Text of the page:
Taking the world less travelled

Divide And Conquer! – A Vocab Post

Posted by on May 12, 2008 in Language | 3 comments

Lately I want to learn a lot of vocab in a short space in time, using a “divide and conquer” type of method like Heisig uses. In Heisig’s remembering the kanji, one does not learn how to use the kanji, just how to recognise and write them.

Same with learning vocab in isolation. You don’t learn how to use the words, only to recognise them. For instance, 仕事 - しごと and 働く - はたらく both mean work. By learning only the word I wont learn in what situations these two words are used. However, when I encounter them in other situations it will:

bullet Firstly, it will cement my knowledge. It will reinforce my memory of the word. When you encounter things you are learning in different situations, it will be more likely that you will remember them.

bullet I will have more of a chance of understanding the sentence. Even though I haven’t seen the word used in context, I will “know” the word and a basic meaning, even if the meaning doesn’t exactly correspond. It means that as I use the word, and encounter it in many situations, I will gain a deeper understanding of it and will eventually be able to do away with the English “keyword”.

bullet Building on the last bullet point, as I encounter the word in other situations, it is then that I will understand the word itself. Does that mean that memorising vocab by itself is a waste of time, and I’m creating more work for myself? I would say no. Now, when I read a text, I can’t understand anything because I don’t know enough words. By memorising vocab in isolation, I can learn a lot of words in a smaller amount of time than it would take me to go through many sentences. And so when I do encounter these words in the “real world” I will be able to build on knowledge that I already have. Opposed to now when I have no knowledge!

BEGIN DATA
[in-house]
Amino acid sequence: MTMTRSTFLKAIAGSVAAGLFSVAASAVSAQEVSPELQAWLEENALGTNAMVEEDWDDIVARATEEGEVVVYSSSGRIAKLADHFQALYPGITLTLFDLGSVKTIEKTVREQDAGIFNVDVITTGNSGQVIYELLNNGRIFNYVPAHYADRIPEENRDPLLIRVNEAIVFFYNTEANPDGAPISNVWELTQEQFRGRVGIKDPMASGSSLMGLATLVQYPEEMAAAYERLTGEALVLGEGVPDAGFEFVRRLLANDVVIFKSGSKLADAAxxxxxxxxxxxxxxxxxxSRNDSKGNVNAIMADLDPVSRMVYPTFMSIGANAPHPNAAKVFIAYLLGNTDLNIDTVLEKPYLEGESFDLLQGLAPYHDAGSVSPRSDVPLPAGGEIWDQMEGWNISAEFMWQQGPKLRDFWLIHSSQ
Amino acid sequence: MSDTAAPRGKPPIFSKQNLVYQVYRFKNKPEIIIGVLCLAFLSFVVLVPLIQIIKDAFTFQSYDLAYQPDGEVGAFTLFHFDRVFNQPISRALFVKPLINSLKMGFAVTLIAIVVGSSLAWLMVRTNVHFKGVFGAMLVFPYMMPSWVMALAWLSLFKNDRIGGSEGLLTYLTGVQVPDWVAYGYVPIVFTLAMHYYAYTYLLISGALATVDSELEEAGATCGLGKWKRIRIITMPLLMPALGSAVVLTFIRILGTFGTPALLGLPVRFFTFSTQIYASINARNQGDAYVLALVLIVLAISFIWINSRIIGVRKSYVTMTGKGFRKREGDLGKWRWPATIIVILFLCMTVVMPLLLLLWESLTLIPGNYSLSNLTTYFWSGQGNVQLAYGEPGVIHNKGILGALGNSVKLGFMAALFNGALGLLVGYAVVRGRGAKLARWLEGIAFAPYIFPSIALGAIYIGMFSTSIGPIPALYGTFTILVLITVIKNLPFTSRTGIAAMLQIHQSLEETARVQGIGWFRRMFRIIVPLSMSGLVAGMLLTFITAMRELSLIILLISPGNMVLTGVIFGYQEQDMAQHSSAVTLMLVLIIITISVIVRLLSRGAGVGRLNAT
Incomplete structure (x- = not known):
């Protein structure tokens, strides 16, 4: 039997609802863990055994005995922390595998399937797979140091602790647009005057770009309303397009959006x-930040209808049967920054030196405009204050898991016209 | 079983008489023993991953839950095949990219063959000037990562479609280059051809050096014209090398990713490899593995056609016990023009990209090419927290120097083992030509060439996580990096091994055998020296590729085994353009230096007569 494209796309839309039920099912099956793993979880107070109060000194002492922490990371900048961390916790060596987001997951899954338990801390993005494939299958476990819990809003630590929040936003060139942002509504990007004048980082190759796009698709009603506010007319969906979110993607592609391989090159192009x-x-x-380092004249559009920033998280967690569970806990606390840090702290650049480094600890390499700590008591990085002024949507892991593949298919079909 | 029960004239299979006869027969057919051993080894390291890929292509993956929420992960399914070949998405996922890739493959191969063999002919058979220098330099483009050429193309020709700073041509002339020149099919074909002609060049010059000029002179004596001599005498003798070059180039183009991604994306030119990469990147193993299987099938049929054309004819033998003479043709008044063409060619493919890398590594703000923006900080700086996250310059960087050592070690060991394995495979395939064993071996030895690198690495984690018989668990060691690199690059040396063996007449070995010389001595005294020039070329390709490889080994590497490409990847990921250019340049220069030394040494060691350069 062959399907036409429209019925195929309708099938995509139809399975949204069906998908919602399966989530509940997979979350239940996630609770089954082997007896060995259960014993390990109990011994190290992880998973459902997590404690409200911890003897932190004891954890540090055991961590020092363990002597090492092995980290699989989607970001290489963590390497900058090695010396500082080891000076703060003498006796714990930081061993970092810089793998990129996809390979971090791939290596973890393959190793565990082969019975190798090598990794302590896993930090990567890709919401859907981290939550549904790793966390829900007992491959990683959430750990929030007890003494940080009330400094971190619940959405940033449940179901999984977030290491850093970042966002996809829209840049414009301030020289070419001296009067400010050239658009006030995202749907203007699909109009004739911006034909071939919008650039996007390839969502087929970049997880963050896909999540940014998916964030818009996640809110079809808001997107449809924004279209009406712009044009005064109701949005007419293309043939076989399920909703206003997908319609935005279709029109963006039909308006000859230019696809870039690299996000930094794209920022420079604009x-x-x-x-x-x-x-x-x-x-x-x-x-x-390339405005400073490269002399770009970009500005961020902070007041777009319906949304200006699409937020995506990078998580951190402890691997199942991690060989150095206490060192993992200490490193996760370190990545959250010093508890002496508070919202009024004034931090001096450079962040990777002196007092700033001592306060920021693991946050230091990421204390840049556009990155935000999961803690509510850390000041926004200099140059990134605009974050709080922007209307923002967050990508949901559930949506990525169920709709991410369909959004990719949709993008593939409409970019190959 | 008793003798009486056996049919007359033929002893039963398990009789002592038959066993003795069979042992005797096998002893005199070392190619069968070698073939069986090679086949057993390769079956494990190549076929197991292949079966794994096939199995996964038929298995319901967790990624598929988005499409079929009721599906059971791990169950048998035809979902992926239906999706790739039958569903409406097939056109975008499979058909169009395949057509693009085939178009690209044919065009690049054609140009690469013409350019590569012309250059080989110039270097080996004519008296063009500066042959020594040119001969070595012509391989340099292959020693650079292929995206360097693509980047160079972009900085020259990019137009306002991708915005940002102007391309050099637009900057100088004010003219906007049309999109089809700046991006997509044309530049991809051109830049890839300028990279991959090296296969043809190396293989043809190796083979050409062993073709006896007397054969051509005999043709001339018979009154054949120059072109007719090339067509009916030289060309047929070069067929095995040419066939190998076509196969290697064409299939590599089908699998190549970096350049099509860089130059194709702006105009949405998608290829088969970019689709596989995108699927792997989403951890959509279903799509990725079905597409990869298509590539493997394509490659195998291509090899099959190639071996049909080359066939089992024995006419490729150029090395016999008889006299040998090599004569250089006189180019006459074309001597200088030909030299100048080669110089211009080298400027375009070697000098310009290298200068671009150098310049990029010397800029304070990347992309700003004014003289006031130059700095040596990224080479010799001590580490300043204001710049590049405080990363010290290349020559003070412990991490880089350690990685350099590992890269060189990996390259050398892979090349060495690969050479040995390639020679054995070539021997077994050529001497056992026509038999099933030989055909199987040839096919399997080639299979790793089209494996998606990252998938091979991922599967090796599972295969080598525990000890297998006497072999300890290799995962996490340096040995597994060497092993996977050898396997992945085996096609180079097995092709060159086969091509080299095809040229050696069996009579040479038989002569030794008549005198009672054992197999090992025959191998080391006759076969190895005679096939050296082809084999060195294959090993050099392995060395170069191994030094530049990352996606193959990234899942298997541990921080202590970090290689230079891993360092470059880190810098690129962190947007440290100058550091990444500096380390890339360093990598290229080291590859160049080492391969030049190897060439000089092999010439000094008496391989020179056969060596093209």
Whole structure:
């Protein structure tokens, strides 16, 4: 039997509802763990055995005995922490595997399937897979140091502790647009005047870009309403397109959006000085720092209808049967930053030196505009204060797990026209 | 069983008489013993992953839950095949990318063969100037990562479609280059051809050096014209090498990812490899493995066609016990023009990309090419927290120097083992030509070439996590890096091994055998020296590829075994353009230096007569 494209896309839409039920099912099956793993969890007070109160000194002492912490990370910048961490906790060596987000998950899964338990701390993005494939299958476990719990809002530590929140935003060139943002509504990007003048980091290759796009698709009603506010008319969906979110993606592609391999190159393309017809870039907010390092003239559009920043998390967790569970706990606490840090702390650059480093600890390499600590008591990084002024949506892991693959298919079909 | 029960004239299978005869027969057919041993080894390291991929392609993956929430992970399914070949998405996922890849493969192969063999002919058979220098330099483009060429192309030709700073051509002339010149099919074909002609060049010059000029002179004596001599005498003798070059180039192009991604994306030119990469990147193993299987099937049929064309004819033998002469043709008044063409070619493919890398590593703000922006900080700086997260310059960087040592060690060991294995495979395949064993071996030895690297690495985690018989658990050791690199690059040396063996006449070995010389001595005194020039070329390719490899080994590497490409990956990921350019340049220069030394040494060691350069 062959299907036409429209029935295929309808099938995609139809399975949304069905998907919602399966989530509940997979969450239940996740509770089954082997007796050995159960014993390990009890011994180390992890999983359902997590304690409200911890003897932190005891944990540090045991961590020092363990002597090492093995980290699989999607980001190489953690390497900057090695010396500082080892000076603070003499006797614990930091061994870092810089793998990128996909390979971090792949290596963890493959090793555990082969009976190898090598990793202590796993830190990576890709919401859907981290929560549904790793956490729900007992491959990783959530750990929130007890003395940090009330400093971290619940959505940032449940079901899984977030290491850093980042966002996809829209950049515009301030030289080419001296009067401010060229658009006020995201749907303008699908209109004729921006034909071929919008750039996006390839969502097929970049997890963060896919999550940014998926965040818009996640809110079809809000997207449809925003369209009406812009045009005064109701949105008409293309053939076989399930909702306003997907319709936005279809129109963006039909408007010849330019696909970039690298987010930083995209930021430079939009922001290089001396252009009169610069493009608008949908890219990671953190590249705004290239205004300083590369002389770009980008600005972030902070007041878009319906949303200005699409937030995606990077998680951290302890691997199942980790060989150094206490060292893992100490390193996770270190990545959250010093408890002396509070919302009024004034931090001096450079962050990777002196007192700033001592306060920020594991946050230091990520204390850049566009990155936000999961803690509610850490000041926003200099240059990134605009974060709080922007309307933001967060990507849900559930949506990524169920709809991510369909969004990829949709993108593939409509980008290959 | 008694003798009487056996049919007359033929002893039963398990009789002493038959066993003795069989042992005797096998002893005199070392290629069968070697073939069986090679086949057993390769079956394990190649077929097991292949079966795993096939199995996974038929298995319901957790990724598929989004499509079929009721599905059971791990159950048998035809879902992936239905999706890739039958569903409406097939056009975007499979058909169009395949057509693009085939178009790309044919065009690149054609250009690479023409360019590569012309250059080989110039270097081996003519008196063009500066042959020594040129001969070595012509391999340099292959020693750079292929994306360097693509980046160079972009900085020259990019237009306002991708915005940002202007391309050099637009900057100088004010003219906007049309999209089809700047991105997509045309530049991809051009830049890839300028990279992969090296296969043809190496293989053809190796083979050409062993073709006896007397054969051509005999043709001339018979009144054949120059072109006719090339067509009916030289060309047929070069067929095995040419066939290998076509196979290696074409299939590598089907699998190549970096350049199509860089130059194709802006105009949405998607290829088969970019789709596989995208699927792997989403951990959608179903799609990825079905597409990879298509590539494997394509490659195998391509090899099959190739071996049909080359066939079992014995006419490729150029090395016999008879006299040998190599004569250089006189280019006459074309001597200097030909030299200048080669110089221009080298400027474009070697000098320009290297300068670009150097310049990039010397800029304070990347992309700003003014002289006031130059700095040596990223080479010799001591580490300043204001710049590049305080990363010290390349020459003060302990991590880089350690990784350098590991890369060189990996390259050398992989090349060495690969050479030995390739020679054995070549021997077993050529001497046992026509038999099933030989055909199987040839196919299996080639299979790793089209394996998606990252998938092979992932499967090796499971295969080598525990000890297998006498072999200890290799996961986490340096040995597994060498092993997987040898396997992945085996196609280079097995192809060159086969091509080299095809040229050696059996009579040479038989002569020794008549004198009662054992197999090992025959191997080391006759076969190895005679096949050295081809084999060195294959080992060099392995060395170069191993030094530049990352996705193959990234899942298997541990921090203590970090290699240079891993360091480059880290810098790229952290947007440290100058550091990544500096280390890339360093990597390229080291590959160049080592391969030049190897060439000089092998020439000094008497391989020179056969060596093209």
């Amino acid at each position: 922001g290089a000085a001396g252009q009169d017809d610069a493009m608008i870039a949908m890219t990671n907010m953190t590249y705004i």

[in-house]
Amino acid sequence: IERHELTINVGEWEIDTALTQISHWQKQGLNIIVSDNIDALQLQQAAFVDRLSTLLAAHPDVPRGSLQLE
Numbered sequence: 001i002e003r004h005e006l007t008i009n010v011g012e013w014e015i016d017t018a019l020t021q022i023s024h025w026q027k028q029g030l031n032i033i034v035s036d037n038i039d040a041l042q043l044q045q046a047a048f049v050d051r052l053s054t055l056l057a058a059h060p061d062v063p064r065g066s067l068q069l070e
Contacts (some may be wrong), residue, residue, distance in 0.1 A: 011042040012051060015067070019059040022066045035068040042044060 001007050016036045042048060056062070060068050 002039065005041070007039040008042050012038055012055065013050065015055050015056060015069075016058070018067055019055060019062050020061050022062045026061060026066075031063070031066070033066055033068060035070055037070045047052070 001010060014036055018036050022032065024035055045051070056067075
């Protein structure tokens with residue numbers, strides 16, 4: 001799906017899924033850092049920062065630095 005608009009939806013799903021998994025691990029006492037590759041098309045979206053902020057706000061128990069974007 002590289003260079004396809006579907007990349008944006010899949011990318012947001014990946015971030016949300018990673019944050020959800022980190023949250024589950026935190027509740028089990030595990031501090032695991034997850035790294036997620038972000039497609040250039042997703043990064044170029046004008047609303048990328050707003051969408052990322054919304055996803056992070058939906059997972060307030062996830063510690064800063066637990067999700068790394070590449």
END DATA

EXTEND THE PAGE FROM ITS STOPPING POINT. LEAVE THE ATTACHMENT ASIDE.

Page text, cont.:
Occasionally I’d like to post some of the vocab I am attempting to learn. To give you ideas for your own studies as well as to record where I’m at. The following vocab words are taken from the first paragraph in The Assassin’s Apprentice – one of my favourite books.

Vocab – The Assassin’s Apprentice – 1st Paragraph


And here is a bonus word: にじみでる - to ooze out. I like that word!

I have to admit, in the first paragraph I had 35 words I didn’t know. However, knowing the meanings of the words, I could understand, for the most part, the grammar. I would have to say though, at this stage, without the original text, I probably would not understand it completely. It is easier to reverse engineer than invent. It also took me two hours to read and somewhat understand the whole paragraph. Strangely, it was fun, and the time flew by. But here’s hoping it gets easier – and quicker – as I go along!

Tip: Is the Kanji too small on my page for you to really see it properly? Hit “ctrl+” on your keypad a couple of times to enlarge the text, then “ctrl-” when you want it to get back down again – these keys are for firefox, which is what you should be using! ;)


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  1. Atreya

    Thanks for the reply in your other blog post. I understand what you mean. But I am quite confused about the method by which I should structure my Anki Deck. By method I mean, how does one create the cards in Anki? For example –

    Card (production)

    Q – Kana, English Translation, Audio
    A – Kanji Sentence
    Extras – Vocabulary Defenition (Japanese or English)

    Card (recognition)

    Q – Kanji Sentence
    A – Kana Reading, English Translation, Audio
    Extras – Vocabulary Defenition (Japanese or English)

    Sorry for asking too many questions. ^_^;;

    And ofcourse, where do you mine your sentences from ?

  2. GoddessCarlie

    Hey Atreya! Fantastic question. I have answered it in a seperate post called How Should You Structure Your Flash Card Deck?

  3. C

    Hey there,

    I’ve loved The Farseer Trilogy for some time, and since I began studying Japanese I’ve been looking to get copies of the Japanese translations . . . however I can’t find them anywhere! I hope it’s not presumptuous of me to ask where you got yours from.

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